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Old 9th June 2020, 23:24   #1  |  Link
FranceBB
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Facebook programming languages converter

Facebook researchers say they’ve developed what they call a neural transcompiler, a system that converts code from one high-level programming language like C++, Java, and Python into another. It’s unsupervised, meaning it looks for previously undetected patterns in data sets without labels and with a minimal amount of human supervision, and it reportedly outperforms rule-based baselines by a “significant” margin.

Migrating an existing codebase to a more efficient language like C++ requires expertise in both the source and target languages, and it’s often costly. For instance, the Commonwealth Bank of Australia spent around $750 million over the course of five years to convert its platform from COBOL to Java. Transcompilers could help in theory — they eliminate the need to rewrite code from scratch — but they’re difficult to build in practice because different languages can have a different syntax and rely on distinctive platform APIs, standard-library functions, and variable types.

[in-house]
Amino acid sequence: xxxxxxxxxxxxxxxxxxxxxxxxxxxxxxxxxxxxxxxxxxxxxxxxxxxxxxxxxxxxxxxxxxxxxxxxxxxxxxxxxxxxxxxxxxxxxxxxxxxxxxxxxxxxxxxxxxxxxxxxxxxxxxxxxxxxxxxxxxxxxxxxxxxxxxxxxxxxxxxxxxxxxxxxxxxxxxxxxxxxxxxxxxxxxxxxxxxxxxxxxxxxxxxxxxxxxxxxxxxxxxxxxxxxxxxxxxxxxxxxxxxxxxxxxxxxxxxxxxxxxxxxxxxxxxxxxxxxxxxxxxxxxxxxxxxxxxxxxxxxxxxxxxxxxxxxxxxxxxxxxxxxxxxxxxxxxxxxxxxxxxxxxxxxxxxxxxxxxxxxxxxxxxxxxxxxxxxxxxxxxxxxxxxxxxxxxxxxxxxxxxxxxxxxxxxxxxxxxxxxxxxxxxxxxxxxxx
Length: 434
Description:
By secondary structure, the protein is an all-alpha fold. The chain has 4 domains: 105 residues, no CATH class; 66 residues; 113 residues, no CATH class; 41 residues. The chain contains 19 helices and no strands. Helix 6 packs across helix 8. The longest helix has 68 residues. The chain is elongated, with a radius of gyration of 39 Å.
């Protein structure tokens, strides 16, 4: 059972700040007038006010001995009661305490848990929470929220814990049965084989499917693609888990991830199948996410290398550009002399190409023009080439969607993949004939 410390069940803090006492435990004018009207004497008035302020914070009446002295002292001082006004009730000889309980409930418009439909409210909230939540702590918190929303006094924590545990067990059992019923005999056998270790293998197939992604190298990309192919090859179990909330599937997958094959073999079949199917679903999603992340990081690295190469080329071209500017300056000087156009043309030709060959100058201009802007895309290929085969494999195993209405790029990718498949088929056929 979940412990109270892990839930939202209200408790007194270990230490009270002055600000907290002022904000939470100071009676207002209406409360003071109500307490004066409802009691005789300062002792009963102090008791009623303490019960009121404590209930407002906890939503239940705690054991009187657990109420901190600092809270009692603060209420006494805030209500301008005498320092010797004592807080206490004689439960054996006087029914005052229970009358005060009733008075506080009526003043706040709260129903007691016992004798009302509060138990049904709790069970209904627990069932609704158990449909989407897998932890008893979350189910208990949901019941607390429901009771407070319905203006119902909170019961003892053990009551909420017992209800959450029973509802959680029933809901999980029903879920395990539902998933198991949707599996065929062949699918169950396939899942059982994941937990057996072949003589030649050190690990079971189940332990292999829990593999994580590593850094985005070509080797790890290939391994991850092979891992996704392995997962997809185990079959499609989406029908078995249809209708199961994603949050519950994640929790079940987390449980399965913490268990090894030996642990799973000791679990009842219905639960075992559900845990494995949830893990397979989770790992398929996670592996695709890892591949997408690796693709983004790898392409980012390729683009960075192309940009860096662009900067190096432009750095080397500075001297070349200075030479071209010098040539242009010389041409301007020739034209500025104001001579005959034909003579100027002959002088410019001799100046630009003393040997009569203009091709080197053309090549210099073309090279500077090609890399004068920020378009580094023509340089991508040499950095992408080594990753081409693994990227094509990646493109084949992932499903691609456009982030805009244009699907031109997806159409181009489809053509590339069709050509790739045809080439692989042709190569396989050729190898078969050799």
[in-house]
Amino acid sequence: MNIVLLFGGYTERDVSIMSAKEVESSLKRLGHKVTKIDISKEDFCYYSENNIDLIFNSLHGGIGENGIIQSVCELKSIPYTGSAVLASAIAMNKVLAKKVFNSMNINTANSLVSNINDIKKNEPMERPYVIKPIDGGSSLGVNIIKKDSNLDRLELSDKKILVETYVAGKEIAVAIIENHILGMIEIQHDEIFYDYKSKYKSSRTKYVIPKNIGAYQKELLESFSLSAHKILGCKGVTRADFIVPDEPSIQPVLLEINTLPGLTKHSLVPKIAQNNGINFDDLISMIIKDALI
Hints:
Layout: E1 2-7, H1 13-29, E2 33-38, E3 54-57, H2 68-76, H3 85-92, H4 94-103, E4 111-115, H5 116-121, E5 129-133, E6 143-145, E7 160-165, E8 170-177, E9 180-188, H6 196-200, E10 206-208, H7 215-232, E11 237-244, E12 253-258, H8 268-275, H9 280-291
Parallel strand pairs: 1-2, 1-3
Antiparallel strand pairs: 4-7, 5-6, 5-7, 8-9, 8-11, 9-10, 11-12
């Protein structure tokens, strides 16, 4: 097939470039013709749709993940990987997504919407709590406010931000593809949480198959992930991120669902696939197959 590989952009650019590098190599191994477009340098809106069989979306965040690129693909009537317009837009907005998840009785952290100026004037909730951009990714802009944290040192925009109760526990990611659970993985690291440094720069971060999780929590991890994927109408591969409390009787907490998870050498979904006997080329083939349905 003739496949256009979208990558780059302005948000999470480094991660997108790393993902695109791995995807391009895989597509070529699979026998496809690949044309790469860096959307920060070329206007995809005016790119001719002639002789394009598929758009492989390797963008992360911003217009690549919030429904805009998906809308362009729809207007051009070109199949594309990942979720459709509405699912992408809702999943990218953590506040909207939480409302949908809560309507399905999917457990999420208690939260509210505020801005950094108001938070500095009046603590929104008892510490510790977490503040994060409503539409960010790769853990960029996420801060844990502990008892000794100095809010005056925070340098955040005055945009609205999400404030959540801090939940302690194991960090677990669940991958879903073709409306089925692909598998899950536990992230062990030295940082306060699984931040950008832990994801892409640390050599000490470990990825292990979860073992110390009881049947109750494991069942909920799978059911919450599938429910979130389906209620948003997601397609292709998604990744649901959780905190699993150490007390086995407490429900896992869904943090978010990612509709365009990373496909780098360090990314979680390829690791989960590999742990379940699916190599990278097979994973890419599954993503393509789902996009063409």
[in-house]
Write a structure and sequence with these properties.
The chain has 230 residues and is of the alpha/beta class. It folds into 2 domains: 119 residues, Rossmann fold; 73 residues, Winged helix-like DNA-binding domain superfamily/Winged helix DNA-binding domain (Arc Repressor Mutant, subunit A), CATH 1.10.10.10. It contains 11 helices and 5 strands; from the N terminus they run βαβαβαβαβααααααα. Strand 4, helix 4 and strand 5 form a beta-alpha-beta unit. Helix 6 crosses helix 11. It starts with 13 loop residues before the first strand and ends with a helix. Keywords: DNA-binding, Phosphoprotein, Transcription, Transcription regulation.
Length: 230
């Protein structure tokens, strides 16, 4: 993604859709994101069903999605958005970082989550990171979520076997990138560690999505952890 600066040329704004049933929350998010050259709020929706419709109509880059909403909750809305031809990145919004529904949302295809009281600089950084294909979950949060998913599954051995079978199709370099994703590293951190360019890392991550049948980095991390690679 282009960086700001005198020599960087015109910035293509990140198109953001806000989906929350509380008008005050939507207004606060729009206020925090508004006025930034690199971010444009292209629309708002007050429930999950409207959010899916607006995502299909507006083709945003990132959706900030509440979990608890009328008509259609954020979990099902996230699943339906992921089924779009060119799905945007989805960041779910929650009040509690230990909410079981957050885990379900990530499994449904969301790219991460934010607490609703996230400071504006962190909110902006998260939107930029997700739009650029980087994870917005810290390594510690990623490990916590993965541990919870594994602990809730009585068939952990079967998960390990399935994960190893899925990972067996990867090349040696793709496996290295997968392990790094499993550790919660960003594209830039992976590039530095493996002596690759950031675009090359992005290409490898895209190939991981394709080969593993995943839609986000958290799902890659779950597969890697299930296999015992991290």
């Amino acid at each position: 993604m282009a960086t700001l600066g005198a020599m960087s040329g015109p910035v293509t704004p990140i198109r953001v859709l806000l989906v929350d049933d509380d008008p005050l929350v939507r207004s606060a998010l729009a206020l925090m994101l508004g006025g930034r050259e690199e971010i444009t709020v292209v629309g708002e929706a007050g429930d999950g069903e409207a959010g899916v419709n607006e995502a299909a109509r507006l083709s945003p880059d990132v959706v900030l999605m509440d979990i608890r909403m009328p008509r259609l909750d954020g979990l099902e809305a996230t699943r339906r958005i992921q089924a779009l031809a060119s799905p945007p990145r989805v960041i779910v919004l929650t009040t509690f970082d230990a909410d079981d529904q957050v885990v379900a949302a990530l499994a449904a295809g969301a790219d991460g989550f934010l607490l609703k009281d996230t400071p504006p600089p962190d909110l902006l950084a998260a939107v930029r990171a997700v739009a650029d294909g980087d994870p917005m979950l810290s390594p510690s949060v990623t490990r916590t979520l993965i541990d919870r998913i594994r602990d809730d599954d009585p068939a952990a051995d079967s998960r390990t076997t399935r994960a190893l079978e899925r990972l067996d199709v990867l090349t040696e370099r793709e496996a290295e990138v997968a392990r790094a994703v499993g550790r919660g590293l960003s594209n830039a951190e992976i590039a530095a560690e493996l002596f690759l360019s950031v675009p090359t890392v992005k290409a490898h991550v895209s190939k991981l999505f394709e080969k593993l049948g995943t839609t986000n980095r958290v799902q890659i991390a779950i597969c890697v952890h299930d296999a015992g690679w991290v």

Facebook’s system — TransCoder, which can translate between C++, Java, and Python — tackles the challenge with an unsupervised learning approach. TransCoder is first initialized with cross-lingual language model pre-training, which maps pieces of code expressing the same instructions to identical representations regardless of programming language. (Input streams of source code sequences are randomly masked out, and TransCoder is tasked with predicting the masked-out portions based on context.) A process called denoising auto-encoding trains the system to generate valid sequences even when fed with noisy input data, and back-translation allows TransCoder to generate parallel data that can be used for training.

The cross-lingual nature of TransCoder arises from the number of common expressions existing across programming languages, like “for,” “while,” “if,” and “try” and also digits, mathematical operators, and strings that appear in the source code. Back-translation serves to improve the system’s translation quality by coupling a source-to-target model with a “backward” target-to-source model trained in parallel. The target-to-source model is used to translate target sequences into the source language, producing noisy source sequences, while the source-to-target model helps to reconstruct the target sequences from the noisy sources until the two models converge.
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